Climate Weak: Scot Gov claim to be world leader is becoming absurd
This week the Scottish Government is running a five-day "Climate Week", no doubt celebratory in tone, but there are three key areas where their claims of being a “world leader in climate change” are becoming absurd.
- No net-zero target has been set –The government is only offering to reduce emissions by 90% by 2050, but 100% effort is needed for Scotland to retain its position as a world leader on tackling climate change.
- Transport emissions are rising year-on-year –Transport Scotland statistics show the number of journeys made by car has increased by 7.2% from 2012-2017 while bus passengers have fallen by 9.5% and cycle journeys by 6.5% over the same period.
- Warm homes need a boost – The latest figures suggest only around 5% of homes are heated by renewable sources. The government had a target to “eradicate fuel poverty” by November 2016 and failed to meet this. Around 649,000 homes are in fuel poverty (26.5% of all homes).
Climate week is turning into the government’s yearly boast of the few things they’re doing to tackle climate change while trying to hide the areas where they are climate weak. There is mounting scientific evidence, including leaks from the IPCC’s upcoming global climate targets report, that unless decisive action is taken now we will see dangerous levels of warming by the 2040s. As a result, Scotland risks falling behind many countries, including Sweden, Iceland and New Zealand, who have committed to net-zero targets by 2050 at the latest.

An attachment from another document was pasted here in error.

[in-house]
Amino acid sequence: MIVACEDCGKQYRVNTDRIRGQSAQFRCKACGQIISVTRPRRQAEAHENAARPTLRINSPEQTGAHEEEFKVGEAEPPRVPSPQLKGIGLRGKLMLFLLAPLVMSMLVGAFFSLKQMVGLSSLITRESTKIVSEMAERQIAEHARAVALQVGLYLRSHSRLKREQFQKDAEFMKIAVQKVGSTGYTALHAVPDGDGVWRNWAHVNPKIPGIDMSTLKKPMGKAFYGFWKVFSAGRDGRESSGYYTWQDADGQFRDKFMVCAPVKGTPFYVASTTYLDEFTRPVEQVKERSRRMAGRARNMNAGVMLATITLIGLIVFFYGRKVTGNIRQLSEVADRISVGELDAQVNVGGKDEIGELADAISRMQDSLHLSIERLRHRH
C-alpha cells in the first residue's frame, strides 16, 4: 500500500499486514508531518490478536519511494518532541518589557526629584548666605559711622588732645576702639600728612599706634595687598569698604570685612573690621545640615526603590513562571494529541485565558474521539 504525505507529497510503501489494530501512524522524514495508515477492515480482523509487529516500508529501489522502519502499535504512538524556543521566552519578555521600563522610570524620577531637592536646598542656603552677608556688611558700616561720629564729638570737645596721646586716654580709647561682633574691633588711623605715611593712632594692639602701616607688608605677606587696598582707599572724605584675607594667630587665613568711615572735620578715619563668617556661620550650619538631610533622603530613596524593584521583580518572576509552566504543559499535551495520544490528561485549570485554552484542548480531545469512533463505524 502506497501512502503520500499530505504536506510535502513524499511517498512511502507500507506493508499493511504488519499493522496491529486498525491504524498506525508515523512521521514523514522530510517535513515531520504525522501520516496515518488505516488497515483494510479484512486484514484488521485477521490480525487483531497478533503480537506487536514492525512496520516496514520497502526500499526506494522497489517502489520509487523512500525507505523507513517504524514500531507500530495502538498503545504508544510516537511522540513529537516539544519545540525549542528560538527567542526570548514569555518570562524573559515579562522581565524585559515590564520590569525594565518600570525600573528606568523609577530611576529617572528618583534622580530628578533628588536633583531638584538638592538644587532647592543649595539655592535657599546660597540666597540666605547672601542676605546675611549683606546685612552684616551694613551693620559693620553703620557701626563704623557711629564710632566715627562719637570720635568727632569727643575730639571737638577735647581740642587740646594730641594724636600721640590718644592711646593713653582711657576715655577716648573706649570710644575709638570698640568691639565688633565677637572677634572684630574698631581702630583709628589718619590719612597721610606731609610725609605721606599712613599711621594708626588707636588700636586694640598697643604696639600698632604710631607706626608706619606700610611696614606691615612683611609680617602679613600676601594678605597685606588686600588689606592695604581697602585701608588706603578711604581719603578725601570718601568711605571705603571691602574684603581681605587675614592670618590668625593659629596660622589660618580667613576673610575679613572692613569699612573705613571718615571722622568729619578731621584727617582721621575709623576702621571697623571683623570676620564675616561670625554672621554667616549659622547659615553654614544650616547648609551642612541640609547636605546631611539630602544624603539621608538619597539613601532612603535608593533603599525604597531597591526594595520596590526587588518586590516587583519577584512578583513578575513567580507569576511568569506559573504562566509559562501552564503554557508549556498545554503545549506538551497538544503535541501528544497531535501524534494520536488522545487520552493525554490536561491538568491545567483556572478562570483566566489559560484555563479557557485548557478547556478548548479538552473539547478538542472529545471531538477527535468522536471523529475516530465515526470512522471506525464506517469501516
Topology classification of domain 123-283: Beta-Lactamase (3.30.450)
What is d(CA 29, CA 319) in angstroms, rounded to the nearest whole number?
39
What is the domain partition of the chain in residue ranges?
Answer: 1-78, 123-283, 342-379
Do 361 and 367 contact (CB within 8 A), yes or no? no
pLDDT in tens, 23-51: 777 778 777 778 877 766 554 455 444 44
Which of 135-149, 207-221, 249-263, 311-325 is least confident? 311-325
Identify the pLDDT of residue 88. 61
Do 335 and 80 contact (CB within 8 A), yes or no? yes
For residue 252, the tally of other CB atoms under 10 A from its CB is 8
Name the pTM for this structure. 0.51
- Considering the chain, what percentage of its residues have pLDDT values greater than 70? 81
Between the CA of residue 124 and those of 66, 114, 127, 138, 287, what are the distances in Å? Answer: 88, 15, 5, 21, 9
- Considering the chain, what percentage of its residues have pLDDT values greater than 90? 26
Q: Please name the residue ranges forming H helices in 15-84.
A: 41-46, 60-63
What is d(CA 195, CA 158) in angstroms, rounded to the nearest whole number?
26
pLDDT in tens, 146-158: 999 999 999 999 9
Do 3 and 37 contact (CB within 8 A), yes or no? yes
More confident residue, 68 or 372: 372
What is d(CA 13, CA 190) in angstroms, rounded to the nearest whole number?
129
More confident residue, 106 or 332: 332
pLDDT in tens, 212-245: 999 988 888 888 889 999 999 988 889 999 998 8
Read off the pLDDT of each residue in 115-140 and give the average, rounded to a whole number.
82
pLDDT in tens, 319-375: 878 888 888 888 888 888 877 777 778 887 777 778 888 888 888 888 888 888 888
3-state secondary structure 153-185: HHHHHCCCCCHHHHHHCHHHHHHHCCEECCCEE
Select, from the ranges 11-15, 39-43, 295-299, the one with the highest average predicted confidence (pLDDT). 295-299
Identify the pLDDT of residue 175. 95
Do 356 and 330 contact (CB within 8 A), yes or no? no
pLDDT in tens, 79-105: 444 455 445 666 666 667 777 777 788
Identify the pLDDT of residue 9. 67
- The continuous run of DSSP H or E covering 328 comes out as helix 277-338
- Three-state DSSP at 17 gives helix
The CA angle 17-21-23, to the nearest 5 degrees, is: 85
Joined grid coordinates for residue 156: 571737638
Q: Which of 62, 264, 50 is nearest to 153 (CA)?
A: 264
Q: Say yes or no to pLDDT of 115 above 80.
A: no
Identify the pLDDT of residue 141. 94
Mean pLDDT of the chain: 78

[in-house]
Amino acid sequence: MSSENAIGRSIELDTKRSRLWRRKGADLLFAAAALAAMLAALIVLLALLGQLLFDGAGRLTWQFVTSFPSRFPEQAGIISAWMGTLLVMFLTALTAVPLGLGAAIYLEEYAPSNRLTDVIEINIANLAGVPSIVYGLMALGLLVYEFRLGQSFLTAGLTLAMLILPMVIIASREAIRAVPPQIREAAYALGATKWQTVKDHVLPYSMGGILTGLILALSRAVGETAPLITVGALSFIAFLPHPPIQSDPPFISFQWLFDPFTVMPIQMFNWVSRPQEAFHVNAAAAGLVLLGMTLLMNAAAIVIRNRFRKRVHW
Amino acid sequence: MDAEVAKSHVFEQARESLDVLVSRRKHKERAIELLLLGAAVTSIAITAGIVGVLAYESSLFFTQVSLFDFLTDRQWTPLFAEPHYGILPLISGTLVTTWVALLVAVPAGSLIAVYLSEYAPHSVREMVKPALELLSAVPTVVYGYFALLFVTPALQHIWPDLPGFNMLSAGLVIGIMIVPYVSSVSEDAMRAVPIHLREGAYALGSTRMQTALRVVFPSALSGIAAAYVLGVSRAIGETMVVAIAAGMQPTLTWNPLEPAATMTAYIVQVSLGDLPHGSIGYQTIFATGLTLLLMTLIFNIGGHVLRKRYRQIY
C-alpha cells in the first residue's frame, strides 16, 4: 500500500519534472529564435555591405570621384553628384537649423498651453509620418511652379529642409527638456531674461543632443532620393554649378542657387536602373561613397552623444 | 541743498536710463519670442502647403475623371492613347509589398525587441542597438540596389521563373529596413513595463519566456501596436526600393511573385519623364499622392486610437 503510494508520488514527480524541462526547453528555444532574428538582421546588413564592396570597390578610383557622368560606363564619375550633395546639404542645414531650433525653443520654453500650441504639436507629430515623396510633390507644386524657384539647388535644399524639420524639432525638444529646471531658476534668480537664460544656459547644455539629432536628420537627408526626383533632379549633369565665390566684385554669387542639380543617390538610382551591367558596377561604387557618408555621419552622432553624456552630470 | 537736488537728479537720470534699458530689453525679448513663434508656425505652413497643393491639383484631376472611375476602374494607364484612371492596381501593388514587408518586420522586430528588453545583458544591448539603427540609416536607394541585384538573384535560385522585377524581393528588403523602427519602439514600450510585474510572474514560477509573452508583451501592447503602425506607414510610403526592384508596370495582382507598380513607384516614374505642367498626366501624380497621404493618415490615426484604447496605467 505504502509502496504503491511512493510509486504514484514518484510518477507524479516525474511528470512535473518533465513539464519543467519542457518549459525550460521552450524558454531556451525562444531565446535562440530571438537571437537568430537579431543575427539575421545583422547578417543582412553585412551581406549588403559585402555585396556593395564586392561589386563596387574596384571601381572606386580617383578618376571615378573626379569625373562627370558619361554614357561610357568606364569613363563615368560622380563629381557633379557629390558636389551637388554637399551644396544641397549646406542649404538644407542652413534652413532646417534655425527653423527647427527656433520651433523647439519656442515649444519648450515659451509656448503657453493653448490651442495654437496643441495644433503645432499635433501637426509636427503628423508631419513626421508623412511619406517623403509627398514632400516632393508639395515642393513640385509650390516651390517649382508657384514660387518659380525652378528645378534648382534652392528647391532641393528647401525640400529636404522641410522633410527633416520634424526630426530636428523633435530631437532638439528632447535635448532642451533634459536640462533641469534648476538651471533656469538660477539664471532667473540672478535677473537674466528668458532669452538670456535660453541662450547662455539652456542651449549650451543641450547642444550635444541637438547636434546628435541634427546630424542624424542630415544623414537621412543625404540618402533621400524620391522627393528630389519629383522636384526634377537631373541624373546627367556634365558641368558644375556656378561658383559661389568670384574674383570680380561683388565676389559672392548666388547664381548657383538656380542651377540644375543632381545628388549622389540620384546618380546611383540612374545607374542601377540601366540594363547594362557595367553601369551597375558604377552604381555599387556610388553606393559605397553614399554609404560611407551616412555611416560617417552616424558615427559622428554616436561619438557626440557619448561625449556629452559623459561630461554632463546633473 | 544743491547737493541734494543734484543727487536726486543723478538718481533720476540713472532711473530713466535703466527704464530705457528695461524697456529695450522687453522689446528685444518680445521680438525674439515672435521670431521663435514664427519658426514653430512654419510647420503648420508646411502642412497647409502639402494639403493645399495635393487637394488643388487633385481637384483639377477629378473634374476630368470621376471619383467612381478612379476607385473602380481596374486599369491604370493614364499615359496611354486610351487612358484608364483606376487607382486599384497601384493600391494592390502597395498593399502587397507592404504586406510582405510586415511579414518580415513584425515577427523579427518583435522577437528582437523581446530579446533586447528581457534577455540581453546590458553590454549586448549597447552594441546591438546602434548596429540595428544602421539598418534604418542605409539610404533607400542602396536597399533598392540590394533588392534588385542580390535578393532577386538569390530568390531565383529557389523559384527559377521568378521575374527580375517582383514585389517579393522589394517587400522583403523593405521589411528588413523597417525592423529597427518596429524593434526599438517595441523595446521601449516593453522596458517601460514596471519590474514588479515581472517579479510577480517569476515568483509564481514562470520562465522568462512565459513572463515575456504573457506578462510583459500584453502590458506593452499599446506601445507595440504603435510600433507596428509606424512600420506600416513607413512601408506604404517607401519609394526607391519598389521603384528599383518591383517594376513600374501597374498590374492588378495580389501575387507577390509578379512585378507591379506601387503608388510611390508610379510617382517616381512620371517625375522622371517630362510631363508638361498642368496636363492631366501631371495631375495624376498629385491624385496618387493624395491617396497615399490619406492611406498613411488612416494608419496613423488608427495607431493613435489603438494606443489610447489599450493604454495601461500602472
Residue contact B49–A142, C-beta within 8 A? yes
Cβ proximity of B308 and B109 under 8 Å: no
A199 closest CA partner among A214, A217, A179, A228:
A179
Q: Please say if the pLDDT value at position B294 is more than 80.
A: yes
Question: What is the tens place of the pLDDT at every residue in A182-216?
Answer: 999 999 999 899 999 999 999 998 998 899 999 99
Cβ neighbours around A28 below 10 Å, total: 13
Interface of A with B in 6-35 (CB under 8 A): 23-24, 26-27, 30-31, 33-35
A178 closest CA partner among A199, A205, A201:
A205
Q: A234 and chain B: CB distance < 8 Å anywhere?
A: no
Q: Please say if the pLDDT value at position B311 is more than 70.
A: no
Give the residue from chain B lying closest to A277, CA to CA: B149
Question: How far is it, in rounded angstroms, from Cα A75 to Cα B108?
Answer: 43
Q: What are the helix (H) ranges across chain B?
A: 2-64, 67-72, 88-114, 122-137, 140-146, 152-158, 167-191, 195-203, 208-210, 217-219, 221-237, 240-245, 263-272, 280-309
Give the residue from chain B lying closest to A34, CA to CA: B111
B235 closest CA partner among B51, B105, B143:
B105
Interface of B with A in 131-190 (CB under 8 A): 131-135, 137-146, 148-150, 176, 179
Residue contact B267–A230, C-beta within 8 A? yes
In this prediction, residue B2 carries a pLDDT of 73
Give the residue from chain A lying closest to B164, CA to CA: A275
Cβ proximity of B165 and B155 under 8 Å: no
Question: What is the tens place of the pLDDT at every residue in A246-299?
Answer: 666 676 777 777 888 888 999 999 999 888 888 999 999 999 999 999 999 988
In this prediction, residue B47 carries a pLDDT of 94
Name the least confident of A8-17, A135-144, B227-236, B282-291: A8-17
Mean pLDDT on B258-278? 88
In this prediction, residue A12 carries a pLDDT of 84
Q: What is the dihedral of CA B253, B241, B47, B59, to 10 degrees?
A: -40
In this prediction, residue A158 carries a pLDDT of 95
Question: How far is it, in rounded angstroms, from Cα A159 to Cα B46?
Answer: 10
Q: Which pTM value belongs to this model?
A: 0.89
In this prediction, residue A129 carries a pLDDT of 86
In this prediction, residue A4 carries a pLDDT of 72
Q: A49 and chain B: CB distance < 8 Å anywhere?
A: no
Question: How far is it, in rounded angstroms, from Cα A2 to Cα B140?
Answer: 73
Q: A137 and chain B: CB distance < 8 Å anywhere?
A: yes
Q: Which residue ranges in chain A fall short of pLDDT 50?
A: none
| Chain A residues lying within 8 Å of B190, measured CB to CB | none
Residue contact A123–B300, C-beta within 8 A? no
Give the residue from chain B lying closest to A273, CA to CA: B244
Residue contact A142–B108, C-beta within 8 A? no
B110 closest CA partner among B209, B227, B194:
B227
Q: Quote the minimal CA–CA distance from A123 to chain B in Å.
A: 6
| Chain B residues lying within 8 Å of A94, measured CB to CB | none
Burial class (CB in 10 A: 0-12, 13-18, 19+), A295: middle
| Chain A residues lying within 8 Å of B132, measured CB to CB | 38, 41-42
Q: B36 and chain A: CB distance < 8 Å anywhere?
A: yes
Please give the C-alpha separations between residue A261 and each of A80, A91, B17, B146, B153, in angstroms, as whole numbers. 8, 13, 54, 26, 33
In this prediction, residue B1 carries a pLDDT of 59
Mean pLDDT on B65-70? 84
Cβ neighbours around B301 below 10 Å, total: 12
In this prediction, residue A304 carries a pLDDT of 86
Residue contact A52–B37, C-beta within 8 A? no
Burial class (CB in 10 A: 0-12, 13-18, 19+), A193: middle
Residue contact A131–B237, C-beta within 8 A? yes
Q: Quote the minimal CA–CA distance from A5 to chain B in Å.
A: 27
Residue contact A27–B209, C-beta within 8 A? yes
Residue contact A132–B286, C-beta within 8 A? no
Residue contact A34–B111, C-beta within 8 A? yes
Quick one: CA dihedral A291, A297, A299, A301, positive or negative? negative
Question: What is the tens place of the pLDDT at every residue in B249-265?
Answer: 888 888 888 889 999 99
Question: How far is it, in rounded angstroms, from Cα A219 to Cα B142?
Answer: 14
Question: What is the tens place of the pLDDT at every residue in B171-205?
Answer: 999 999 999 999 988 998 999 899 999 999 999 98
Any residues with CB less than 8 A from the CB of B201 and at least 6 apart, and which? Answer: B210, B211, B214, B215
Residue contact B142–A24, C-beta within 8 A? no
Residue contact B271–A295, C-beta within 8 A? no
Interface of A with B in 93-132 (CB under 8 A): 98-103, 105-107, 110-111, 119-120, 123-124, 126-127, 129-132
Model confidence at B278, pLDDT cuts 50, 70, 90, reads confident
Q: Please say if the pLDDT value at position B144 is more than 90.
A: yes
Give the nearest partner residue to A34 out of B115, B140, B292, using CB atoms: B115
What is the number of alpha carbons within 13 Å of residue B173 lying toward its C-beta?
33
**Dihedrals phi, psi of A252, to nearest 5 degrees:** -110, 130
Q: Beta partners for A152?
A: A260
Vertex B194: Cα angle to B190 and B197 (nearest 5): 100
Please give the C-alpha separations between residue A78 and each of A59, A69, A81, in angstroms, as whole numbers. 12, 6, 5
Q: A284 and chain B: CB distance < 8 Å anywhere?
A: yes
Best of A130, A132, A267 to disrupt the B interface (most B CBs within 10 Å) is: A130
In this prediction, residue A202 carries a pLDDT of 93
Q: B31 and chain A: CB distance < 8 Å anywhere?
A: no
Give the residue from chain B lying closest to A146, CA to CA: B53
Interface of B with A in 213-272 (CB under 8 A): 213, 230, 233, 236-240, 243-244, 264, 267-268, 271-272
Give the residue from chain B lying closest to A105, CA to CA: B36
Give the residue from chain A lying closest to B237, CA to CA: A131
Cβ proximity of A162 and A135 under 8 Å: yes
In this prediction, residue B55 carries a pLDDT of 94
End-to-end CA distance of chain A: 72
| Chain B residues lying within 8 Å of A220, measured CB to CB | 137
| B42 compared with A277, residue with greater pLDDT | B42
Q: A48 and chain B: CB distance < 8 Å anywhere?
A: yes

Sales of electric vehicle sales in Scotland are now also behind the UK and emissions-heavy car journeys are rising, while low carbon transport options are experiencing a decline. The Scottish Government has an unambitious target for 10% of everyday journeys to be made by bike in 2020, but so far it sits at 3%.
In order to meet Scotland’s climate change targets we need the heating in more of our homes to come from renewable sources. We also need to urgently increase the energy efficiency of homes, with better insulation and fittings installed to keep them warmer with less energy. A mere 5% of homes are heated by renewable sources and that just won’t do.